Sen. Blunt: ‘No Time’ to Make Inflation Worse Through Build Back Better

Inflation is the biggest challenge American families face, and adding another $2 trillion to the nation’s economy through the Build Back Better Act would further harm the nation’s families, “whether the administration and Democrats in the Congress want to admit that or not,” Sen. Roy Blunt said Sunday. 

“This is not a transitory problem,” the Missouri Republican said on Fox News’ “Fox News Sunday.” “It’s a real problem and this is no time to make that problem worse.” 

But the Biden administration and Congress made a “big mistake” in March to spend another $1.9 trillion through the American Rescue Plan, after five bipartisan bills had already been passed to fight the effects of the COVID-19 pandemic on Americans and the economy, said Blunt. 

“Democrats, all on their own, decided [they were] going to spend another $1.9 trillion in what they called the American Rescue Plan in an economy that frankly and clearly at that point did not need to be rescued,” said Blunt. 

It’s also important to get people back to work, and “we can’t solve every problem by just dropping money on top of more money,” the senator said. 

Meanwhile, the collapse of Build Back Better has also affected the enhanced child tax credit, which expires at the end of the year, but Blunt pointed out that credit was doubled in the 2017 tax bill.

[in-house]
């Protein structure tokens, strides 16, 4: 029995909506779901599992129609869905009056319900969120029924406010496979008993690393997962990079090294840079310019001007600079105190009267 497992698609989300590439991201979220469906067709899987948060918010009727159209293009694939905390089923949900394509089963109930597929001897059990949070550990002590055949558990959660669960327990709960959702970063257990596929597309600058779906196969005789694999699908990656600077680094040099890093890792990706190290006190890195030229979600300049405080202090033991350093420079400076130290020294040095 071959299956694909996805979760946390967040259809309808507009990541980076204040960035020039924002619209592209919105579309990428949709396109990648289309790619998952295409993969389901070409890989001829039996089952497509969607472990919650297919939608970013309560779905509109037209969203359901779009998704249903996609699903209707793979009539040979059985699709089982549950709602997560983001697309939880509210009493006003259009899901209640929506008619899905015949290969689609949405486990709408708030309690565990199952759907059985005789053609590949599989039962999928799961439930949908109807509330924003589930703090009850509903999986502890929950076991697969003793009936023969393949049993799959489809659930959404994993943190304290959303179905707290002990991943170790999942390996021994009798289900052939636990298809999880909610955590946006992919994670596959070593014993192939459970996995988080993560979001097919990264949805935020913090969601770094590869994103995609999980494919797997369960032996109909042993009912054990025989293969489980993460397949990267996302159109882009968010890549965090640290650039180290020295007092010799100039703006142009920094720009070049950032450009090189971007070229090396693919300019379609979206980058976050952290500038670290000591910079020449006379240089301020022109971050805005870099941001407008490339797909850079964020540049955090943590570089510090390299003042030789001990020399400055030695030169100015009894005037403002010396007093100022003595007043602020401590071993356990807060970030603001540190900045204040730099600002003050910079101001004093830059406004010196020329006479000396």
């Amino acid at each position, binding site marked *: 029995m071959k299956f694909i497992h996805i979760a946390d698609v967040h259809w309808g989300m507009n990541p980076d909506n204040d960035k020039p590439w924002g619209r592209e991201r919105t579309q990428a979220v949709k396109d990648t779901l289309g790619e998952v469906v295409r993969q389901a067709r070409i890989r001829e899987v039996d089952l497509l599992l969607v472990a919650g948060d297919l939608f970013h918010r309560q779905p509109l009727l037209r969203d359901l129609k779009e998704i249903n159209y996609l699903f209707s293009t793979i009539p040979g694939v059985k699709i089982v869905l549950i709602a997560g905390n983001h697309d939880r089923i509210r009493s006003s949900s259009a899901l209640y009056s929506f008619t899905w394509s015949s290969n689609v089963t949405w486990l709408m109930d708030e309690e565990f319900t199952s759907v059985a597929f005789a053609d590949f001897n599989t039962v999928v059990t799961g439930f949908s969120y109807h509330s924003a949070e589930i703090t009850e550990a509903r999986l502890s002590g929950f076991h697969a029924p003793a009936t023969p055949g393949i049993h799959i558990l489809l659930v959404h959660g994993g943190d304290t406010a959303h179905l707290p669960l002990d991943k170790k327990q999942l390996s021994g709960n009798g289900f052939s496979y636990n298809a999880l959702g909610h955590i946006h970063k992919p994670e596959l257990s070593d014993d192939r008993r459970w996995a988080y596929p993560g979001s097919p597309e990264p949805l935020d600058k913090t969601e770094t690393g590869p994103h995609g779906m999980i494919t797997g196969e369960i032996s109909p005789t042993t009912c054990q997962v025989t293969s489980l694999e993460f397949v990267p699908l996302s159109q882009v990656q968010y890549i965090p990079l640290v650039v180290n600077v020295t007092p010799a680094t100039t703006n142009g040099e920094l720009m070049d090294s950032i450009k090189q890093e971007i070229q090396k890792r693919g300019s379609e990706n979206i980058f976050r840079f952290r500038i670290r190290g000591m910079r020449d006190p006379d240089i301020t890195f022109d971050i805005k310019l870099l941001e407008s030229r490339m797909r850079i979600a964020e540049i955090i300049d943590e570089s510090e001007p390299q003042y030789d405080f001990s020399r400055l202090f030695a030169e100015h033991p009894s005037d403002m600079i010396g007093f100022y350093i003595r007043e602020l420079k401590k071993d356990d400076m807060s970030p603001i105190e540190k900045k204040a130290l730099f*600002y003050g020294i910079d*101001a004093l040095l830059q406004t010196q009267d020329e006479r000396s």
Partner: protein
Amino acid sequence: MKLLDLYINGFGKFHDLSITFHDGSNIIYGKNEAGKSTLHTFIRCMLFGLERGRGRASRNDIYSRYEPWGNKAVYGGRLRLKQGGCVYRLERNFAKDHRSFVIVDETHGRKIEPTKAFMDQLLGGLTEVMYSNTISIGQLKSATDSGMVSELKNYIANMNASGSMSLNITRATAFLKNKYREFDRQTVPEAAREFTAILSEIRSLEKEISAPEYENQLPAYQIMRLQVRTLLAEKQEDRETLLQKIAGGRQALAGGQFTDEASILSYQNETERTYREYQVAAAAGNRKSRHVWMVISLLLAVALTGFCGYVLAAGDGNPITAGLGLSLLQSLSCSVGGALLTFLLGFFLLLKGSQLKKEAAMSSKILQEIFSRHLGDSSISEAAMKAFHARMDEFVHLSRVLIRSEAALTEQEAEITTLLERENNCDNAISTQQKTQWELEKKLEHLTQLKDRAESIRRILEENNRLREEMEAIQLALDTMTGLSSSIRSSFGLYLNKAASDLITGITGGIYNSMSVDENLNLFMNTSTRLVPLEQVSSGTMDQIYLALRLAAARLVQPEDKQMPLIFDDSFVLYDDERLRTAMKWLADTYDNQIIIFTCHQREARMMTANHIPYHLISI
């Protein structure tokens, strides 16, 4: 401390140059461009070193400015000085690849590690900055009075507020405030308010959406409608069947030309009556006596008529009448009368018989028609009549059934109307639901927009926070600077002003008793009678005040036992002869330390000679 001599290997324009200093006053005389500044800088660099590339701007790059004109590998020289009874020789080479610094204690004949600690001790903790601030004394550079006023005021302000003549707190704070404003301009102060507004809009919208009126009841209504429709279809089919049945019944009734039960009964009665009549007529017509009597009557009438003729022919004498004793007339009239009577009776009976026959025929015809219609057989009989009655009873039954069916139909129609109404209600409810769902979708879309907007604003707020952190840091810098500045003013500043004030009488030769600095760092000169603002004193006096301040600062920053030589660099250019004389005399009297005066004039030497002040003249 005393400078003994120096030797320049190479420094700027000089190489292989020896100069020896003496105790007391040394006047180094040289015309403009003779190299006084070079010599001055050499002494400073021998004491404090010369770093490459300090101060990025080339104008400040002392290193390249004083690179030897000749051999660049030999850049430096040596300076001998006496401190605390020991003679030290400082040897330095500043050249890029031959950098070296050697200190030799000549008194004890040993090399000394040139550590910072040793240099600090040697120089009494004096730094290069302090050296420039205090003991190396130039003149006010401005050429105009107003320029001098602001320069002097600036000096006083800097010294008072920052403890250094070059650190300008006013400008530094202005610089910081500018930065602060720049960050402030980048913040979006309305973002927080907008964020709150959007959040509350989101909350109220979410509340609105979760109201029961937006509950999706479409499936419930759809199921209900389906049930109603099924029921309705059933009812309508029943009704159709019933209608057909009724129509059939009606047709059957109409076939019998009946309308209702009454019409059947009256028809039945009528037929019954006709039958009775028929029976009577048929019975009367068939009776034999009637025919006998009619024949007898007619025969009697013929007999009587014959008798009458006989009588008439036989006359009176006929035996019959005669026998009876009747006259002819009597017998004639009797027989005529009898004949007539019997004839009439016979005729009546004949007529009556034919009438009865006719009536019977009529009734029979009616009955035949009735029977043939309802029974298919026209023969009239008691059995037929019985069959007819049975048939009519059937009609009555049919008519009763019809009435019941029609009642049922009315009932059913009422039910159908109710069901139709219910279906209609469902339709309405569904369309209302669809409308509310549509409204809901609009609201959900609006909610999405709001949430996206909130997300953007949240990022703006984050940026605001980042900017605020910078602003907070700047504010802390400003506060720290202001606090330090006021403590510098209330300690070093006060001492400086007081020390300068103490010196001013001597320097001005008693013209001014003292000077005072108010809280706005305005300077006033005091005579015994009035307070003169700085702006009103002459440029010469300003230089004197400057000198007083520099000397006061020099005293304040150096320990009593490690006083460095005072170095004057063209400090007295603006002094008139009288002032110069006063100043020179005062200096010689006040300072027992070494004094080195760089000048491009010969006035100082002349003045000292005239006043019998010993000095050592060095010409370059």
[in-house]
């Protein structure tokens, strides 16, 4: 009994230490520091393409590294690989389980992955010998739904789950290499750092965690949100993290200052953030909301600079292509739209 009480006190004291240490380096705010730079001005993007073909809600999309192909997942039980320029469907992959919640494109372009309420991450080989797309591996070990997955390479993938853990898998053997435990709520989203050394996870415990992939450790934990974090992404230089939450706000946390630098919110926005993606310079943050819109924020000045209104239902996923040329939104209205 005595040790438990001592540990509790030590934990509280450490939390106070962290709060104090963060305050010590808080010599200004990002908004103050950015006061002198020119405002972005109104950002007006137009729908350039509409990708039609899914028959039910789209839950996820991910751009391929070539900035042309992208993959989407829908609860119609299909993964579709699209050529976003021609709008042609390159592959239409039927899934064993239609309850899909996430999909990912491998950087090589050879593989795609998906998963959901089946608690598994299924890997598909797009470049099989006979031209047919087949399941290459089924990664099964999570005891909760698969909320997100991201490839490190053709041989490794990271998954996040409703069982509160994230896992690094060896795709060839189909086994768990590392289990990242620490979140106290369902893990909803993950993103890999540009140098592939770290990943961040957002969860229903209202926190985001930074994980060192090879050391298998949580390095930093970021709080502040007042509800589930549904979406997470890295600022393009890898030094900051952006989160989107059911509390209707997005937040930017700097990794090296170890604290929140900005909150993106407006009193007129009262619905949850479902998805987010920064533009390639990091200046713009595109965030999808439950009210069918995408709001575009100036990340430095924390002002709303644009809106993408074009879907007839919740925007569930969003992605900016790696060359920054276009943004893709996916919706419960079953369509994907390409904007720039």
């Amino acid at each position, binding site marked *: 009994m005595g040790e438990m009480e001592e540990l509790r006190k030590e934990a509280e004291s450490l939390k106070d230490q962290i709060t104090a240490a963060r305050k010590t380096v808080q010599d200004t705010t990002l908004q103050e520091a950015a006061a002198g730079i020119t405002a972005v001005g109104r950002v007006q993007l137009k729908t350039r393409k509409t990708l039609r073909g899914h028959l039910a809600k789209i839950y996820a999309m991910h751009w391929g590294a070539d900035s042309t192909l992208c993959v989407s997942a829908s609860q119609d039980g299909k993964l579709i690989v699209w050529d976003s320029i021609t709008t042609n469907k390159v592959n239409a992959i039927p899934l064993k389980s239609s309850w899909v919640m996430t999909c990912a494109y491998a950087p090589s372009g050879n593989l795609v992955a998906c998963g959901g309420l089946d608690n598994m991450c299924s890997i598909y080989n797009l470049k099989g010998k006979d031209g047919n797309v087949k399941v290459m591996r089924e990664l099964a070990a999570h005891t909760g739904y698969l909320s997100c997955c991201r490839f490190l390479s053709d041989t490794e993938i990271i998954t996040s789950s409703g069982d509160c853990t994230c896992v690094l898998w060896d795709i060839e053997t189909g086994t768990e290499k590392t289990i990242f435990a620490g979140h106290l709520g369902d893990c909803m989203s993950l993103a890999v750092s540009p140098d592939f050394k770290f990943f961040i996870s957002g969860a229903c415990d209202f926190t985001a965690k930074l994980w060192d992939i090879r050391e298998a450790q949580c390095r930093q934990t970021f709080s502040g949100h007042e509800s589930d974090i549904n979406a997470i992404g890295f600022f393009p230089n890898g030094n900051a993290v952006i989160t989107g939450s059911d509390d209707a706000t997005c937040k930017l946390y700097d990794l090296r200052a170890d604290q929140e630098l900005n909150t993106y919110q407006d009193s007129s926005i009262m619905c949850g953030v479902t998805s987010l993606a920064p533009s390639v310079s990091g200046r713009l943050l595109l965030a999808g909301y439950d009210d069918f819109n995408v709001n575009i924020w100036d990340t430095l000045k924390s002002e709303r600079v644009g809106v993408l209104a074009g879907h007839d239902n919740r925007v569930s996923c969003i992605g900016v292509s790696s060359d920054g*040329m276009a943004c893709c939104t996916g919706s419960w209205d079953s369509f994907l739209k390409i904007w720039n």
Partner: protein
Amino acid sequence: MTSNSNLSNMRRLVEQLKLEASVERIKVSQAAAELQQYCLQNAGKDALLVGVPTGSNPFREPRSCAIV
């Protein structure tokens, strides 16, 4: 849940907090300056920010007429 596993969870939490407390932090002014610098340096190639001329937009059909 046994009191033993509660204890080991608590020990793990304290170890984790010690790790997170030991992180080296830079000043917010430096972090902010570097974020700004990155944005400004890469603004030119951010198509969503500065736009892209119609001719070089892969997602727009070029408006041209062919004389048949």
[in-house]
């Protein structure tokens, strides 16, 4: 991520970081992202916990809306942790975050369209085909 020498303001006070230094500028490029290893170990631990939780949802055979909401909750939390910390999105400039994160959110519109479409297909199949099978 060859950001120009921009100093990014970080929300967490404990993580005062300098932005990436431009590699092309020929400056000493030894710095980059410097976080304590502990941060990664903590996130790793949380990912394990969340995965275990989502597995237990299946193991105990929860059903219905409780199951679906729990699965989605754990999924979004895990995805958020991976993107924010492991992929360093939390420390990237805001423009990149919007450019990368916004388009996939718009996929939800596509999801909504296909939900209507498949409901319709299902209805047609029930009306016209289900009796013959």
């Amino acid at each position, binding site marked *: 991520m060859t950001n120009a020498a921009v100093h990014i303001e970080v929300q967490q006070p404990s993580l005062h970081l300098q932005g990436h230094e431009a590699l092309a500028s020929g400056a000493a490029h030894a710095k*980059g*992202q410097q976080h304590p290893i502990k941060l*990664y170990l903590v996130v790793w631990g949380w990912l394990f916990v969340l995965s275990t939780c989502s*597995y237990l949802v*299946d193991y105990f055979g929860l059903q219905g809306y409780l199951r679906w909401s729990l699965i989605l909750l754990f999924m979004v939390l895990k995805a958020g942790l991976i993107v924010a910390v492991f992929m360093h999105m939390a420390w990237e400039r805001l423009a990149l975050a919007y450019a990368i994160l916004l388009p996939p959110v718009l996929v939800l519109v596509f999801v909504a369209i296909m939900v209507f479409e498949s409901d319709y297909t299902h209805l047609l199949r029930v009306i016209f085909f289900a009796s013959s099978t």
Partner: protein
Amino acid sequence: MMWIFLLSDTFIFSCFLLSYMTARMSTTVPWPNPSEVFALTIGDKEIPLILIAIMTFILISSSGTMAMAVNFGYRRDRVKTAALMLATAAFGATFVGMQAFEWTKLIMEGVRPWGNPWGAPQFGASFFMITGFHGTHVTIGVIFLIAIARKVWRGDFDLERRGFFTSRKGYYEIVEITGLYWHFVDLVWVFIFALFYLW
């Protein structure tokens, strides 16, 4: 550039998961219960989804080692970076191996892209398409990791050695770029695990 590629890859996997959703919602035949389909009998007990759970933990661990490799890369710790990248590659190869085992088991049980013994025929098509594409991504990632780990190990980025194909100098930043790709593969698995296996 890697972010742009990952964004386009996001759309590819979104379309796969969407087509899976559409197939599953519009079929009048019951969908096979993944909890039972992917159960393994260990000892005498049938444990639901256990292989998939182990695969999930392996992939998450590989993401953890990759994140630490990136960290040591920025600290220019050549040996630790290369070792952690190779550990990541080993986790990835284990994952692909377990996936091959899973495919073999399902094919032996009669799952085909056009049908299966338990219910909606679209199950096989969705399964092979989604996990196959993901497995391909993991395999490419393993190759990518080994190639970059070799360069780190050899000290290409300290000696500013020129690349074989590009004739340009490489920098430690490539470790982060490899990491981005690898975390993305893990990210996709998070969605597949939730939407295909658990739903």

“There’s a cap on that credit, based on income,” said Blunt. 

However, the spending bill allows credits for families making up to $150,000 a year, “and many families that make up to $400,000, if you look at the House plan,” and that makes no sense, he said. 

“Families that make $150,000 aren’t in poverty in Missouri and I don’t think they’re in poverty almost anywhere in the United States, and it’s a big mistake to assume they are,” said Blunt. 

He added that the bill would also start programs that will never be able to be stopped. 

For example, if the child tax credit is extended for another year, “we will have exactly the same argument again next year and how are we going to extend this half a trillion — this $500 billion program for a second year, even though supposedly we are going into a program that’s fully paid for,” he said. 

Such “gimmicks” offended Sen. Joe Manchin, D-W.Va., whose strong opposition has led to a stalemate on the legislation, as well as “every Republican in the Senate,” said Blunt.
“Americans are going to be offended by them too if they ever have a chance to hear that bill debated,” said Blunt. 

Meanwhile, Blunt has announced his retirement after 24 years in the House and Senate, and Sen. Josh Hawley will replace him as Missouri’s senior senator. The two have disagreed on many issues, and Blunt said he thinks the future of the GOP depends on focusing on the things it has done in recent years, including on border security,  and tax policy. 

“I think the way that voters reacted just last month in the elections in New Jersey and Virginia show that there is a real resurgence of people rethinking the difference in the two parties and I think a Republican Party is going to do very well in that discussion in that debate and those elections next year,” he said.